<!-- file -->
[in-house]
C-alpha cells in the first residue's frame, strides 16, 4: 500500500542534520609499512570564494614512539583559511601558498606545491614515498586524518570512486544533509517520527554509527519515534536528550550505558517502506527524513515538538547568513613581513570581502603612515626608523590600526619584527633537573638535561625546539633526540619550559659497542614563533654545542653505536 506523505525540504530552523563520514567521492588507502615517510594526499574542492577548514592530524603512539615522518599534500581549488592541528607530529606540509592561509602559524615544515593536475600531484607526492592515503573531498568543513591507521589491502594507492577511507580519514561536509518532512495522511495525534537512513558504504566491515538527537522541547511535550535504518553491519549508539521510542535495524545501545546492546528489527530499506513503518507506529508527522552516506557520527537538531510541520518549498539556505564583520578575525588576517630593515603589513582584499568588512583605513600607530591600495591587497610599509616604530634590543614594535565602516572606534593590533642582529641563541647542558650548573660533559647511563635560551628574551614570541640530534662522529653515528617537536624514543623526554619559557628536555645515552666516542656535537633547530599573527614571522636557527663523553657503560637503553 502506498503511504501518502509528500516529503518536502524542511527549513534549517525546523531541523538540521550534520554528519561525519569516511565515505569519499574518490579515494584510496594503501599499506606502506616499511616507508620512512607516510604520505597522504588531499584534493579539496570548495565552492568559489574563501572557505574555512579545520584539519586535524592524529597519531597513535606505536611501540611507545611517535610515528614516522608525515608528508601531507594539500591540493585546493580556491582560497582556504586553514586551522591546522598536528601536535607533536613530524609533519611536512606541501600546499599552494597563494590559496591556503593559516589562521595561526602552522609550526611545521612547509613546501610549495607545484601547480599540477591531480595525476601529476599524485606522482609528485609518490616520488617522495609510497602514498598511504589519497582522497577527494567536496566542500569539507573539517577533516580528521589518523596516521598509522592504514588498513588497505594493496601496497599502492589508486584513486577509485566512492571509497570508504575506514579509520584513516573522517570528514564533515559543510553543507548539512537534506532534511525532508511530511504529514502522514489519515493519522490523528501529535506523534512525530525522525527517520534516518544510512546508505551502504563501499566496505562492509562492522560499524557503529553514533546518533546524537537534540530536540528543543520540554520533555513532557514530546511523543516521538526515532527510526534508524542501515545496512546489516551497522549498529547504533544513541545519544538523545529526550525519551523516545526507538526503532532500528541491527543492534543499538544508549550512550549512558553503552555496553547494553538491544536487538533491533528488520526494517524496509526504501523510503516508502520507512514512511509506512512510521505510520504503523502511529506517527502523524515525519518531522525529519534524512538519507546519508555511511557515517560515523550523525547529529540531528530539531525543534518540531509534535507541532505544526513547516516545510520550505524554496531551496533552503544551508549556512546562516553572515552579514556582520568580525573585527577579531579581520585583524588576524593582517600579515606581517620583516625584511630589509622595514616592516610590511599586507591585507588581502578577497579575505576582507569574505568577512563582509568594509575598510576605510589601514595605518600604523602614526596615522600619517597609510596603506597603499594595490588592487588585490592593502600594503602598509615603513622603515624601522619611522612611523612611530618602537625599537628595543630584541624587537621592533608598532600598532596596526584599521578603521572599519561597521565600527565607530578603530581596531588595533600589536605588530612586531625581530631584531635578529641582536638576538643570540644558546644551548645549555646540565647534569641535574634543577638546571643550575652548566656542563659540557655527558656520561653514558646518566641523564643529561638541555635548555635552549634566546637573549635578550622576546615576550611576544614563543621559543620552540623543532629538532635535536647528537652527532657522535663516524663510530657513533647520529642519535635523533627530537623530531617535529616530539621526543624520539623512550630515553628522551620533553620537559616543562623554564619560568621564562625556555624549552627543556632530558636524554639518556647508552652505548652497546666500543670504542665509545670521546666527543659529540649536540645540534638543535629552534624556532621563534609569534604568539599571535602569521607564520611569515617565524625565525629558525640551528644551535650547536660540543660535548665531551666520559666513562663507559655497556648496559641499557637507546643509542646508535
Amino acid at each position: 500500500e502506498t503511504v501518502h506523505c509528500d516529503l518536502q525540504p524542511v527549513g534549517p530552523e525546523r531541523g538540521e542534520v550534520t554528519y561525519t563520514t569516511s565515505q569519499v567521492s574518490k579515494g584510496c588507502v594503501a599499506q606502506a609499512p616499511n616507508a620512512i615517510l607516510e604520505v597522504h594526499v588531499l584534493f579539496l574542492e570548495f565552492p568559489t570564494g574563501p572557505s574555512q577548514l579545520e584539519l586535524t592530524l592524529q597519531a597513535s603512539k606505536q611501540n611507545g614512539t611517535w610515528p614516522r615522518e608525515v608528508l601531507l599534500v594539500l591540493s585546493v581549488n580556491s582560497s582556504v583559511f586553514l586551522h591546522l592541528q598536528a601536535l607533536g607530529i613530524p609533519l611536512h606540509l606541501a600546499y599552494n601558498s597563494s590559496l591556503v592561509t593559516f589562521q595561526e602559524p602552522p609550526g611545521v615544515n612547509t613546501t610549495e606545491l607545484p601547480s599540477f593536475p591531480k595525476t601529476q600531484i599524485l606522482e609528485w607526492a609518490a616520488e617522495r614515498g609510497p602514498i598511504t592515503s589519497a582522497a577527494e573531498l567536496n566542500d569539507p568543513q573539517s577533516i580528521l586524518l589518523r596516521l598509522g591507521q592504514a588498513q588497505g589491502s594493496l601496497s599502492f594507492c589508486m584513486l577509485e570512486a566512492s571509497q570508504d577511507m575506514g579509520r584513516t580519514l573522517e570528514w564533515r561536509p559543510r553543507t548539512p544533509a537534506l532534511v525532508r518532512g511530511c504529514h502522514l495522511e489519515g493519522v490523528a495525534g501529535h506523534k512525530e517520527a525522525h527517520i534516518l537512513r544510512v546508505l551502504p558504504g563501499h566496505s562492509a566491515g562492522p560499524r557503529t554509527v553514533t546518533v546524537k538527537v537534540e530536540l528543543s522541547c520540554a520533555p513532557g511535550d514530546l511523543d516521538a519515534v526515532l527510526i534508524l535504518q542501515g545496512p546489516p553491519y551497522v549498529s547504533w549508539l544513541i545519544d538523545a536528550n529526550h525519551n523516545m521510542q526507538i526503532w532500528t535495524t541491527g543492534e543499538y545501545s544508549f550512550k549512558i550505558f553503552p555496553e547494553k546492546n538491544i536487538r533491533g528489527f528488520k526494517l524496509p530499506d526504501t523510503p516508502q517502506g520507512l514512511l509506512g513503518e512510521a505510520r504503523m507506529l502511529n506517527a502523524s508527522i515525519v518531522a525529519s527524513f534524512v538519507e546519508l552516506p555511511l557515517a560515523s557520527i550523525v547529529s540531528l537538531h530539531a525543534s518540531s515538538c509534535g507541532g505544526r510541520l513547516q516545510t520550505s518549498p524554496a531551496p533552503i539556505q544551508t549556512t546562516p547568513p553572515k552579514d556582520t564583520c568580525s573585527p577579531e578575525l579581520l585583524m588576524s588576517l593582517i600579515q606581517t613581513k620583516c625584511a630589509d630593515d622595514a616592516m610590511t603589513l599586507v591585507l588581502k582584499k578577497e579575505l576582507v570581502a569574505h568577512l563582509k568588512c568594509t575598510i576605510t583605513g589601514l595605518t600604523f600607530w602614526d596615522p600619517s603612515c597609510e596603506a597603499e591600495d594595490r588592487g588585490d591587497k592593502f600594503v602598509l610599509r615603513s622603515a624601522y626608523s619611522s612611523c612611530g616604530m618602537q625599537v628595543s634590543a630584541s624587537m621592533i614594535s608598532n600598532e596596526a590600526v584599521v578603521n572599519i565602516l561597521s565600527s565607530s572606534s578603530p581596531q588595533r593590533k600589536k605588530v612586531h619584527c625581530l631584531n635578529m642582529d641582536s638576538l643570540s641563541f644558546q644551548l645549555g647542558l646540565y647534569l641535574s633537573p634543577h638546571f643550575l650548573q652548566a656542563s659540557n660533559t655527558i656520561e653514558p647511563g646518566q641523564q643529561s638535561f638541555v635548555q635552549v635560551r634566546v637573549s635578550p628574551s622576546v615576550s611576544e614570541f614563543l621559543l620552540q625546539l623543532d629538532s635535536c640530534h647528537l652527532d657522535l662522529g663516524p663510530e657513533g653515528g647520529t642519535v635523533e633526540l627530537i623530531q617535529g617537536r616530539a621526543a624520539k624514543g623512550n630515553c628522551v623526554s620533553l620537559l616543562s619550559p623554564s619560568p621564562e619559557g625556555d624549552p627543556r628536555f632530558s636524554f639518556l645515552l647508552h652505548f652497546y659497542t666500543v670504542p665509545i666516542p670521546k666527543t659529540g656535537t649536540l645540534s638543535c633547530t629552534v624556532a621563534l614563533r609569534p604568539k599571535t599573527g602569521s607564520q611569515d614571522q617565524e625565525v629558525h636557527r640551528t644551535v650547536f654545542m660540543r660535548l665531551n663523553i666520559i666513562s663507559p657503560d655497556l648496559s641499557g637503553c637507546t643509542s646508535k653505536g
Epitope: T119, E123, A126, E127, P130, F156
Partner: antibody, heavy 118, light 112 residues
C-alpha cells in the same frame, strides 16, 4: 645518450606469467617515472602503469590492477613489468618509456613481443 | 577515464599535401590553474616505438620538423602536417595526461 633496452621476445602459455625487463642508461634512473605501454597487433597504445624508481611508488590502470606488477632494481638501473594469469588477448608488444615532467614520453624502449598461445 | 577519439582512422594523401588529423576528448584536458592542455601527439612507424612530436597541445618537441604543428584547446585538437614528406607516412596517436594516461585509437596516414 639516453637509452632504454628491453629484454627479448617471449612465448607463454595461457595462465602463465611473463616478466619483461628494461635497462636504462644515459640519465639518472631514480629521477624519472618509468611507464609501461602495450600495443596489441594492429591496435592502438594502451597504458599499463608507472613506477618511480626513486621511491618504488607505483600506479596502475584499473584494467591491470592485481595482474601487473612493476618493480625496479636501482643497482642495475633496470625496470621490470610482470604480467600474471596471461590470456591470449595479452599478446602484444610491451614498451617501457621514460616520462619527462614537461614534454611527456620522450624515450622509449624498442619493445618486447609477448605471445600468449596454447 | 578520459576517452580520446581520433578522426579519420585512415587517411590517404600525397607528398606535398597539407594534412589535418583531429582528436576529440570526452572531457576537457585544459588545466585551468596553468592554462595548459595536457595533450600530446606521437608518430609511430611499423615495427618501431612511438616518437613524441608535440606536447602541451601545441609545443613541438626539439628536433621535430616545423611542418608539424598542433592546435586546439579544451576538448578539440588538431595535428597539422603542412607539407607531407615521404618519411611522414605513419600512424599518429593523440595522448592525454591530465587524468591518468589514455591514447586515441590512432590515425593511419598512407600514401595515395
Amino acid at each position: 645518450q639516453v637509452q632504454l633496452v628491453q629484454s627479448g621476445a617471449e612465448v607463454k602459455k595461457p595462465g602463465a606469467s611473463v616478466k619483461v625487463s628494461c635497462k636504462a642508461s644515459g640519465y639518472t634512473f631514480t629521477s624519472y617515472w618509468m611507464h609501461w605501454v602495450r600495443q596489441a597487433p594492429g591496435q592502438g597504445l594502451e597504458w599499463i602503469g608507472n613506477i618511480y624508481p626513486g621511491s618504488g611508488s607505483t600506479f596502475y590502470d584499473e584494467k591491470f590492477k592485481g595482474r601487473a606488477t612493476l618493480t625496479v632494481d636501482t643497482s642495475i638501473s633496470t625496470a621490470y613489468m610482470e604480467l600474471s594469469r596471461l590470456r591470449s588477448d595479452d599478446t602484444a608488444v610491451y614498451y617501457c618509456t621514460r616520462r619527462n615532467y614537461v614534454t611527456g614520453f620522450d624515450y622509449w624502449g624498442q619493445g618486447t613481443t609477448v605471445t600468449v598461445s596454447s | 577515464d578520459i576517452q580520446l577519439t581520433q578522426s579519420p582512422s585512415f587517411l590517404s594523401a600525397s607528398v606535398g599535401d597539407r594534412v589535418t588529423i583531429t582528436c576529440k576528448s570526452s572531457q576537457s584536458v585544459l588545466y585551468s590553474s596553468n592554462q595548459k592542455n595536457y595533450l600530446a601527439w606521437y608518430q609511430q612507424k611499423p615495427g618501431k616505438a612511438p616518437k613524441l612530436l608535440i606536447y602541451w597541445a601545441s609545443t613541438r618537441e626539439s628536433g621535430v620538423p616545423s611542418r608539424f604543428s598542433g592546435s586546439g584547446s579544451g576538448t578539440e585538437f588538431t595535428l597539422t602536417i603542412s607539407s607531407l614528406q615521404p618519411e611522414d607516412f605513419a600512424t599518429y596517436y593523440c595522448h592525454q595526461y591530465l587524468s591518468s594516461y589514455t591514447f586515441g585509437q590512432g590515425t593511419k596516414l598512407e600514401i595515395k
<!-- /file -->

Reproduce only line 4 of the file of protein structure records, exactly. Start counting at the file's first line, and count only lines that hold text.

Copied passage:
Epitope: T119, E123, A126, E127, P130, F156